Mechanical and thermal properties of carbon-based low-dimensional materials

AL Eaton and M Fielder and AK Nair, MRS BULLETIN (2022).

DOI: 10.1557/s43577-022-00325-2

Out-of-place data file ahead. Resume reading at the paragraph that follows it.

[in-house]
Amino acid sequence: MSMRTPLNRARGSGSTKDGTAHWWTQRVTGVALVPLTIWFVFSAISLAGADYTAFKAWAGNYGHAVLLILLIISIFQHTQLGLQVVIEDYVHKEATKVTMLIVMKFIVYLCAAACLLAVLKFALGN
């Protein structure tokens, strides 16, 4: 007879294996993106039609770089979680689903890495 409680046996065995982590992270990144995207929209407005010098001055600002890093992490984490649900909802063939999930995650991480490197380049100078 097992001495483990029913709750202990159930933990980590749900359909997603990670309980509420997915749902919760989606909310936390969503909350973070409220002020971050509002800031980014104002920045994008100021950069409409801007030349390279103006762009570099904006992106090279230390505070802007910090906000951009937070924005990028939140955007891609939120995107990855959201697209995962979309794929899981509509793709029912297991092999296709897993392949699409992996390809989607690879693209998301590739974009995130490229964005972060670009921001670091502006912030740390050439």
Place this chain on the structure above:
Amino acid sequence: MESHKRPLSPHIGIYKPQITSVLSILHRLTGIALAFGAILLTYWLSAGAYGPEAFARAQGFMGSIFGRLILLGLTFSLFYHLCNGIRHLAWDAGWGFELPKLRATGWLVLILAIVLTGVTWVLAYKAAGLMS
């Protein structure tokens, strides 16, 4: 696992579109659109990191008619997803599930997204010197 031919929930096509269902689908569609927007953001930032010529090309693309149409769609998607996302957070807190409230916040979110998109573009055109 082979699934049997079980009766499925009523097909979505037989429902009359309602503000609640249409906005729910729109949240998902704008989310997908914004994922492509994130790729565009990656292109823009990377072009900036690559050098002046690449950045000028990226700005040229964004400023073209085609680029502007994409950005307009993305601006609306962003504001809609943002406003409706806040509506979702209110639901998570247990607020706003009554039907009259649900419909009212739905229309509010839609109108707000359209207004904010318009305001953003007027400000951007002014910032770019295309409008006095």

Carbon-based low-dimensional materials possess many properties that make their implementation in nanodevices a subject of great interest. With these impressive transport and mechanical properties, one such use includes its use as a component of a Cu-based electrode. To investigate the applicability of a carbon chain (carbyne) in comparison to other carbon allotropes, including cyclo18carbon-carbyne hybrids and encapsulation inside a nanotube, we use multiscale computational methods to determine the mechanical and thermal properties of each structure. Under isolation carbyne requires the largest force to fracture and presents the highest thermal conductivity, whereas the hybrid structures have a lower thermal conductivity and break under a lower tensile force at the same strain as carbyne with unraveling mechanisms dependent on the number of cyclo18carbon included. For use in Cu electrodes, we find that carbyne also gives higher thermal conductivity when compared to other structures. Impact statement Carbon-based low-dimensional materials exist as chains and rings at the nanoscale that have great potential for application in nanodevices. However, some of these nanoscale structures are reactive on substrates and lose their properties. We investigate the mechanical and thermal properties of the low-dimensional structures of a chain of carbon atoms known as carbyne, carbyne and cyclo18carbon hybrids, and encapsulation of these inside carbon nanotubes to test their stability on Cu(111) substrate acting as an electrode. The carbyne and cyclo18carbon hybrids are found to display high mechanical properties during tensile studies, and cyclo18carbon is determined to be able to withstand higher strains. The deformation mechanisms of cyclo18carbon hybrids at different strains are also uncovered. An isolated carbyne chain was found to have the highest thermal and mechanical properties of the structures investigated, which is further established on a Cu substrate compared to other low-dimensional structures studied here.

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